Patients received prophylactic proton pump inhibitors and ondansetron 8 mg 30 minutes prior to radiation.
Patients received capecitabine (cape) 825 mg/m2 BID wk 1 and 2 M-F.
Surgery was performed 1-6 wks after completion of chemotherapy.
Patients were recommended to receive 6 months of gemcitabine after surgery.
Follow-up was performed every 3 months with CA 19-9 levels and CT of the chest, abdomen and pelvis performed every 6 months.
53 patients were screened for eligibility for this study of which 46 were enrolled and 38 (29 at MTD) eligible for analysis.
8 patients were excluded from analysis because they lacked 30 day postoperative follow-up
Median age was 65 (range 50-80)
Gender breakdown: 20 female, 18 males
Median pretreatment CA 19-9: 459 (range 0-3398)
Median pretreatment tumor size: 2.8 cm (range 1.1-4.3 cm)
7 patients (13%) were found to have positive laparoscopy (gross metastases or positive cytology)
No dose limiting toxicities were observed. Grade 3 toxicity was noted in 5 patients (biliary/cholangitis in 2 patients, the remainder were: nausea, gastroparesis, colitis, hyperglycemia, elevated alkaline phosphatase, constipation, and hyponatremia).
Median hospital length of stay following resection was consistent with historical averages for PD for the patients that underwent resection.
Reasons for patients not undergoing resection included metastases on imaging in 2 patients,
Operative pathology: 5 of 30 resected patients had positive margins, 24 of 21 had positive nodes, mean tumor size was 2.7 cm.
Median follow-up was 7.1 months.
There have been 2 local failures, both with synchronous metastatic disease (at 10 months and 17 months). Metastatic failure occurred in 16 patients: liver in 10 patients, lung in 5 patients, carcinomatosis in1 patient and distant abdominal lymphadenopathy in 1 patient.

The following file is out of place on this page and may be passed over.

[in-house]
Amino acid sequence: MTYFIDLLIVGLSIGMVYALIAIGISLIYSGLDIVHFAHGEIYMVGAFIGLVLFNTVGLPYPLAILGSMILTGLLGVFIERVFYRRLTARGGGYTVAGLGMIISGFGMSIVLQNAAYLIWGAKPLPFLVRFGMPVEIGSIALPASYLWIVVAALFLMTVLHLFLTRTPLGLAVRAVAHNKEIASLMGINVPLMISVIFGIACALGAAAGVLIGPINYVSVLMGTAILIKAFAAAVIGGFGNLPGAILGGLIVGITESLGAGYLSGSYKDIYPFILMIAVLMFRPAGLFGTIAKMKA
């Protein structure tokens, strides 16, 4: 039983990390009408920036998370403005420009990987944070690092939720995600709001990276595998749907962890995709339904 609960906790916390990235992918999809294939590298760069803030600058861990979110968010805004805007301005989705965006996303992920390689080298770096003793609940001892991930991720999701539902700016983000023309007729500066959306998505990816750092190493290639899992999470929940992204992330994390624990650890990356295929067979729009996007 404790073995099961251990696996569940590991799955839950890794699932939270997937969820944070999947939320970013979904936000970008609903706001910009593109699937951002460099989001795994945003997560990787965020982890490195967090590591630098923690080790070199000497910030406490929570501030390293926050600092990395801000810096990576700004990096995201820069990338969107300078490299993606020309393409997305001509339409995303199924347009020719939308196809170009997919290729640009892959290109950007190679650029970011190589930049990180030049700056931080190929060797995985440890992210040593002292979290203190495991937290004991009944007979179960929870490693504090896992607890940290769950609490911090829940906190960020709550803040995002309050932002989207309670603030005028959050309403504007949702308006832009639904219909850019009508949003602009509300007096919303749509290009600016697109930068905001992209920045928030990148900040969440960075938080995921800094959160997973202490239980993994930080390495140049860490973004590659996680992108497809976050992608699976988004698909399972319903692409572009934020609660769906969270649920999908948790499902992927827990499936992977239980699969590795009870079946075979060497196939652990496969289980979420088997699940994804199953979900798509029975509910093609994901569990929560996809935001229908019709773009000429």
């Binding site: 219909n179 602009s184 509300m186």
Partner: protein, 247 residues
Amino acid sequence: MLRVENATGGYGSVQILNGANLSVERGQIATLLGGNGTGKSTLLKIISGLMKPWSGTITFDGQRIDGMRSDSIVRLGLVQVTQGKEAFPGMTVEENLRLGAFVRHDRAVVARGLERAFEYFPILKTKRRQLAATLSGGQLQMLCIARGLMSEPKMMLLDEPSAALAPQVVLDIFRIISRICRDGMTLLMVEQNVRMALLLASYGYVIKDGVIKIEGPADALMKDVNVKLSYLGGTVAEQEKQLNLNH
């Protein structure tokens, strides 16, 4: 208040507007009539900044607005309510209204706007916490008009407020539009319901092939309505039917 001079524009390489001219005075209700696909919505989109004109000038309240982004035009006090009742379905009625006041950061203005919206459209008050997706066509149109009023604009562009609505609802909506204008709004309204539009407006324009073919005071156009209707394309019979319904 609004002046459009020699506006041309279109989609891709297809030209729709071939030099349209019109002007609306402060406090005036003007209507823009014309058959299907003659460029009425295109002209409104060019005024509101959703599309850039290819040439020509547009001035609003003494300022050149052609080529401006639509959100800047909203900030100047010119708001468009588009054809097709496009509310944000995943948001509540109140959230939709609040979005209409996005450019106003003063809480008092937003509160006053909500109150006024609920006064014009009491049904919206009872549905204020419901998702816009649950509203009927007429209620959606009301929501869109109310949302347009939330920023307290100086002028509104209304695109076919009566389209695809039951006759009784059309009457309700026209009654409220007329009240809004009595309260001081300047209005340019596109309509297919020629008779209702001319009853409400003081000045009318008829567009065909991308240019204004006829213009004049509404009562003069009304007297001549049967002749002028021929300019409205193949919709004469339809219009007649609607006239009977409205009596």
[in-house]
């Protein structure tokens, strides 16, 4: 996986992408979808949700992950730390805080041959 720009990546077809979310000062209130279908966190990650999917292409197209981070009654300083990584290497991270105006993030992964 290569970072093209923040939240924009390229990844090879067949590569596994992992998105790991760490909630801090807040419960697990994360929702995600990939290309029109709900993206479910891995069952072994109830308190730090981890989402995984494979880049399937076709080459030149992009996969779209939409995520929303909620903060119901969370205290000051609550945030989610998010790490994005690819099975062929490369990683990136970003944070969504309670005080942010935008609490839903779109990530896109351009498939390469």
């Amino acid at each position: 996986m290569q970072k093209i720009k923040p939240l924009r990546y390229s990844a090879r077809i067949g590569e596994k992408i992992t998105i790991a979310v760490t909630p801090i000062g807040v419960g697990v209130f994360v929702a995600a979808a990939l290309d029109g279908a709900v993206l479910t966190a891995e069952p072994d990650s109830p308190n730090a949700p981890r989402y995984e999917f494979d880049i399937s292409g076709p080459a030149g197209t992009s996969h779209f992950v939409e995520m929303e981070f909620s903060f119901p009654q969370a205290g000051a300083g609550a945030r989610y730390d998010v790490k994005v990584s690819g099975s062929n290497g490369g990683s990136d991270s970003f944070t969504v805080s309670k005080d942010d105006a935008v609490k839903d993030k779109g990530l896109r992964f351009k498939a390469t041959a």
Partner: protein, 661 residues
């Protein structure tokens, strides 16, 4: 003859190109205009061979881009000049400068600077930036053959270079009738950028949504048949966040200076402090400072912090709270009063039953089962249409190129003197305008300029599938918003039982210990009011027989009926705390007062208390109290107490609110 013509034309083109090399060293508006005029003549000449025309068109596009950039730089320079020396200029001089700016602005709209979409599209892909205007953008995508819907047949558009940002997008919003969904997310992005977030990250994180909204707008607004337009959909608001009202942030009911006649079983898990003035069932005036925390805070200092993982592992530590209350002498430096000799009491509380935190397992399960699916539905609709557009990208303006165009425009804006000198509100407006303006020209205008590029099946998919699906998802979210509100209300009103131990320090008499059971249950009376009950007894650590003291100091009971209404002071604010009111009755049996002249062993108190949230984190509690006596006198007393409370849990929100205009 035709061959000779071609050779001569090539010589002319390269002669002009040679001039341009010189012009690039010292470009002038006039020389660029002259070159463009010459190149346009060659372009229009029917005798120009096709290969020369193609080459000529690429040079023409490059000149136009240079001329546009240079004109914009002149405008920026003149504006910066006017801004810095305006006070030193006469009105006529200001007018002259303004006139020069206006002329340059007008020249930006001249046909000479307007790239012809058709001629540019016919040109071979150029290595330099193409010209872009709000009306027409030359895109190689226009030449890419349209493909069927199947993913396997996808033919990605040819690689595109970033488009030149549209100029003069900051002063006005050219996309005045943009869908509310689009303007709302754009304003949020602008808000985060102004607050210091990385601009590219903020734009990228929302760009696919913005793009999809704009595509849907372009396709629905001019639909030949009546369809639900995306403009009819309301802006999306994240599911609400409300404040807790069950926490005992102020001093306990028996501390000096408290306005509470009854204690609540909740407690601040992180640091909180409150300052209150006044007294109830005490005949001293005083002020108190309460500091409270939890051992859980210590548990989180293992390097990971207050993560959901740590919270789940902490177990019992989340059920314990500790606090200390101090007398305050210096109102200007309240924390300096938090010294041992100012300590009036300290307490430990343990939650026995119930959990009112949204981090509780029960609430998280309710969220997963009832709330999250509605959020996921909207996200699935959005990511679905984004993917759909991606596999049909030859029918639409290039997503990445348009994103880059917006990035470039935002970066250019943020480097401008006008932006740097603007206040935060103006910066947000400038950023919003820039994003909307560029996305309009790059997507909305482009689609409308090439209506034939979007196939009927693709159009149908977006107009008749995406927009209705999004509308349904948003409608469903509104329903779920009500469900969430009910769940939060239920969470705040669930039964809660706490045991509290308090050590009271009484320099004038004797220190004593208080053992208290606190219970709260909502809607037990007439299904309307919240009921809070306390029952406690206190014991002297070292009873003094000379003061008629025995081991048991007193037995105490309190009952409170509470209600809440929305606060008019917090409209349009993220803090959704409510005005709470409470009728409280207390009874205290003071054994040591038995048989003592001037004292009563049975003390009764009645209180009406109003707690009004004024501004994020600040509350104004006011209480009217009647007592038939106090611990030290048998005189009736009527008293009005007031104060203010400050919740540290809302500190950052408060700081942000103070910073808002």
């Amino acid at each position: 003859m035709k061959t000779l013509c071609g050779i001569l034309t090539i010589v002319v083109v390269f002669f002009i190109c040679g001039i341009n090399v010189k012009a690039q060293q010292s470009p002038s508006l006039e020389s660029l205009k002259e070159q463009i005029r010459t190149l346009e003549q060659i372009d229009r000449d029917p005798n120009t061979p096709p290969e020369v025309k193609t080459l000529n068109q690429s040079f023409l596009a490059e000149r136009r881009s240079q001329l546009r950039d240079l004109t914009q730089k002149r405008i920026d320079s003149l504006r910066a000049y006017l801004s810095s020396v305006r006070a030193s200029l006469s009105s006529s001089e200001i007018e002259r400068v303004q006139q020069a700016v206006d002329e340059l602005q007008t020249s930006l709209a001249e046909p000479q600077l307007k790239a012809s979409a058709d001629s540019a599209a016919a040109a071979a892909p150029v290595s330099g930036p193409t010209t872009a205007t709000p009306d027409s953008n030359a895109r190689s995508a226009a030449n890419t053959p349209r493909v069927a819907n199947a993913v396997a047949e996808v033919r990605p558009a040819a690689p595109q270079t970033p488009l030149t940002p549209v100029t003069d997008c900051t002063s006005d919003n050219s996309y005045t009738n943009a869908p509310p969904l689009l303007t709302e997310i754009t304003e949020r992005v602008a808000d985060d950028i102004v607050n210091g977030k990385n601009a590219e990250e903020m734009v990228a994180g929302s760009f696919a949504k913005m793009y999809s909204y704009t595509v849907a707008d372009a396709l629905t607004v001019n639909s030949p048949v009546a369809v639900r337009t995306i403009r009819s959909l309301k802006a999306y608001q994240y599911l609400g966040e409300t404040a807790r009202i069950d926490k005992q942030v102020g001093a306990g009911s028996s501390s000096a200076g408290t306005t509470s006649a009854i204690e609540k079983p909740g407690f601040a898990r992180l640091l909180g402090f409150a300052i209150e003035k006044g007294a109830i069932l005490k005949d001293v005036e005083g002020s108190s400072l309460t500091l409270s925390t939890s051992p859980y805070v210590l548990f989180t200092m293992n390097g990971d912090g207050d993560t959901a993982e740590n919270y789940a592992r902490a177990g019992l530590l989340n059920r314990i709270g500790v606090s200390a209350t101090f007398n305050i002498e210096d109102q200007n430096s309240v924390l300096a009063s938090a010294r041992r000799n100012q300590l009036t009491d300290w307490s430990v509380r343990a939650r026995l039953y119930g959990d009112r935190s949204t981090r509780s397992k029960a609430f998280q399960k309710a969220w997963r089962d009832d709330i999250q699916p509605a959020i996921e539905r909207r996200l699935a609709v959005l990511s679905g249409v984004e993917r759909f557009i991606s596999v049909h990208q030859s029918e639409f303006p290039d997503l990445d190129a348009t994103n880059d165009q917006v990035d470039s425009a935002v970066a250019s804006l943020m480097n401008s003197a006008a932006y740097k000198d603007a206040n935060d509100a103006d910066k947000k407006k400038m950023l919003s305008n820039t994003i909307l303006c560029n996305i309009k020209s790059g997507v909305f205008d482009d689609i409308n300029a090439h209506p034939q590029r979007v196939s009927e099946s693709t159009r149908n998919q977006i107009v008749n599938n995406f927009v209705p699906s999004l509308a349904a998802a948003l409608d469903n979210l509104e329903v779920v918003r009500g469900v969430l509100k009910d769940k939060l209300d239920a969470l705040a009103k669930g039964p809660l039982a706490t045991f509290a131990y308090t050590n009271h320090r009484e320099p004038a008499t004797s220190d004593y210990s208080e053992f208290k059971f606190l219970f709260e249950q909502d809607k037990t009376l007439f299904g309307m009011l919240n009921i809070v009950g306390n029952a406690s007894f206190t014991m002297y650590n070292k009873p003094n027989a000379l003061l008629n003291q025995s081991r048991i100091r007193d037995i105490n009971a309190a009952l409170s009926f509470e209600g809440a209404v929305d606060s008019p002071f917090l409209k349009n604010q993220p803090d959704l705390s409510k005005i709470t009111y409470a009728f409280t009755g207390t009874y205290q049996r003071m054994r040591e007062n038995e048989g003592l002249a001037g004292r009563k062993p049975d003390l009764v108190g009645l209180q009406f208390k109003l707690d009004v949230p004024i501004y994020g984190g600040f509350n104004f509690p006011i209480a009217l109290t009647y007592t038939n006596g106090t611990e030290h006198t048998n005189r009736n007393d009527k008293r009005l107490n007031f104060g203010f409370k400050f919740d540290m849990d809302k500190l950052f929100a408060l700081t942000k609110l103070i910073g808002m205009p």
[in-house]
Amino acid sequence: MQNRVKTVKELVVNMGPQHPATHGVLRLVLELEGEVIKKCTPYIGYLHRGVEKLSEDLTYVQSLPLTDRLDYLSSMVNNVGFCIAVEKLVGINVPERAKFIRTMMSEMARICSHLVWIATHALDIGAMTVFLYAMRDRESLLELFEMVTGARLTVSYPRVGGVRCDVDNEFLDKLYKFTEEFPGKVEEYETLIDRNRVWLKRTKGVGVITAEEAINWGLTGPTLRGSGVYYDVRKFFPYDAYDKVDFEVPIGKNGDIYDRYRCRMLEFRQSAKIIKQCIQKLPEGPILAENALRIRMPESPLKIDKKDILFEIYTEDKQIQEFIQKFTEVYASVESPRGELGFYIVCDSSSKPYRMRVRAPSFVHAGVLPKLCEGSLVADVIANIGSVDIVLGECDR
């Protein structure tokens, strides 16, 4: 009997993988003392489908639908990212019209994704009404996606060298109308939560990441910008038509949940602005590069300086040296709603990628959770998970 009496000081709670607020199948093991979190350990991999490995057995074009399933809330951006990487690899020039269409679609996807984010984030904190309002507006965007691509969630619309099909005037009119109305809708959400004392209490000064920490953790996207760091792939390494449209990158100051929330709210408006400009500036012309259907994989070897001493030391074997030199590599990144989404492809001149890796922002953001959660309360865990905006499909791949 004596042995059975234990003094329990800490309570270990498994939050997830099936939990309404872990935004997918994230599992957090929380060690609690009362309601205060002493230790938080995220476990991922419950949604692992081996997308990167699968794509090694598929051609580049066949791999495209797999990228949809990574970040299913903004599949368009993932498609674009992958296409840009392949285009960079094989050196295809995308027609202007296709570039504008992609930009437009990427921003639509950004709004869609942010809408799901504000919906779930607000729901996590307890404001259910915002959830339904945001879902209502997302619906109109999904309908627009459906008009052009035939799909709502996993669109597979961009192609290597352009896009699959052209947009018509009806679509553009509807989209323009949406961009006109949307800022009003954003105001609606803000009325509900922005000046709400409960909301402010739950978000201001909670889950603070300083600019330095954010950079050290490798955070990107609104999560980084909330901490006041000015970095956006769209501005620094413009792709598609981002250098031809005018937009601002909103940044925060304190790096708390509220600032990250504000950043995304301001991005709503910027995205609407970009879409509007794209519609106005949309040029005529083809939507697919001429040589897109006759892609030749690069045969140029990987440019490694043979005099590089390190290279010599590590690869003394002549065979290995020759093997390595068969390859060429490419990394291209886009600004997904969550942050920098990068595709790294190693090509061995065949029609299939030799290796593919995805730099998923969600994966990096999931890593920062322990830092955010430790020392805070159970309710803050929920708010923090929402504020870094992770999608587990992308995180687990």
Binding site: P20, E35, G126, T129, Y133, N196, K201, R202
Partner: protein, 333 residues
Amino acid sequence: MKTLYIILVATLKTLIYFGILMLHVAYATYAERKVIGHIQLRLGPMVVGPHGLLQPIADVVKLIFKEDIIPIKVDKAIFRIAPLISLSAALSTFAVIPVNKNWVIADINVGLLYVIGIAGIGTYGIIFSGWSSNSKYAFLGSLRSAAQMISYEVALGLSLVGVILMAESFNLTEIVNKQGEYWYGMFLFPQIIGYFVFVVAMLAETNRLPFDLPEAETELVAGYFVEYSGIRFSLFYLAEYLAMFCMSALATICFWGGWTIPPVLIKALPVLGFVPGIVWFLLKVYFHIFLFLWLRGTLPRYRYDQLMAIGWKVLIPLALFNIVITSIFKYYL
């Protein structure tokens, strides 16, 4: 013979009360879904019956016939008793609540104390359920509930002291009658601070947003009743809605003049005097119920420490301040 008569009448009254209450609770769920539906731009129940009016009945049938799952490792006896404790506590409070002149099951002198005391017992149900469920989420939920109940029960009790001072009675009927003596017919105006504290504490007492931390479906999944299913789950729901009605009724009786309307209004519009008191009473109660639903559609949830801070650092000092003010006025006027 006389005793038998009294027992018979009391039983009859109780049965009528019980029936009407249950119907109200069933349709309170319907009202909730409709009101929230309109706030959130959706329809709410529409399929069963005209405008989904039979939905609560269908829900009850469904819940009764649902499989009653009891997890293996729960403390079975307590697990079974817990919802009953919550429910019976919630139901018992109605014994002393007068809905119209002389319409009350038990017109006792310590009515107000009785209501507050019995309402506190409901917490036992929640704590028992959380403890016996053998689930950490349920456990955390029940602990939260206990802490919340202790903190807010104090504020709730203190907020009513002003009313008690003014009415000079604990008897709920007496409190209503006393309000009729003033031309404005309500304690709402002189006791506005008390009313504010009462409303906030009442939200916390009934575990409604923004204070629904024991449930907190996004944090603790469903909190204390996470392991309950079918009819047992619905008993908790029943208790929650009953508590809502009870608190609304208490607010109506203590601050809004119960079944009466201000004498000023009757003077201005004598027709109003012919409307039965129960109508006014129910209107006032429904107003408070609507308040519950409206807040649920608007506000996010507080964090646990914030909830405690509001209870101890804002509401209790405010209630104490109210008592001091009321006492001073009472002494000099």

Neoadjuvant CRT with 1 wk of PBT and capecitabine followed by early surgery is feasible and associated with satisfactory local control.
Short course proton-based chemoradiation therapy followed by early surgery appears feasible and safe.
Follow-up is too short to draw conclusions regarding efficacy.
Even with a shortened platform of treatment, there is a substantial rate of early metastases.
In this study, the authors report on the use of hypofractionated chemoradiation delivered in a neoadjuvant fashion in an attempt to shorten the definitive treatment package time such that patients can begin full dose adjuvant therapy as soon as is feasible, which has been shown to confer a disease-free survival advantage (CONKO-OO1, Oettle et al. 2007).
The presented data reveal that this regimen is reasonably well-tolerated, utilizing PBT to deliver the external beam radiation. However, the overwhelming cause of progression in this patient population is the development of distant metastatic disease, consistent with historical controls.
Overall, the data presented here appear promising, with interesting results; however, the small sample size and relatively short follow-up time presented preclude our making statements regarding effectiveness. It would be interesting to include data regarding the percentage of patients able to receive full dose gemcitabine in the adjuvant setting after this type of neoadjuvant regimen.
If longer-term follow-up demonstrates outcomes comparable to historical controls, the authors can consider a randomized phase III study comparing standard fractionation neoadjuvant photon-based chemoradiation against hypofractionated proton-based chemoradiation.
Sep 27, 2012 - There are no statistically significant differences in the rates of local recurrence, distant recurrence, relapse-free survival, overall survival, or late toxicity in patients treated with short-course radiotherapy or long-course chemoradiation, according to research published online Sept. 24 in the Journal of Clinical Oncology.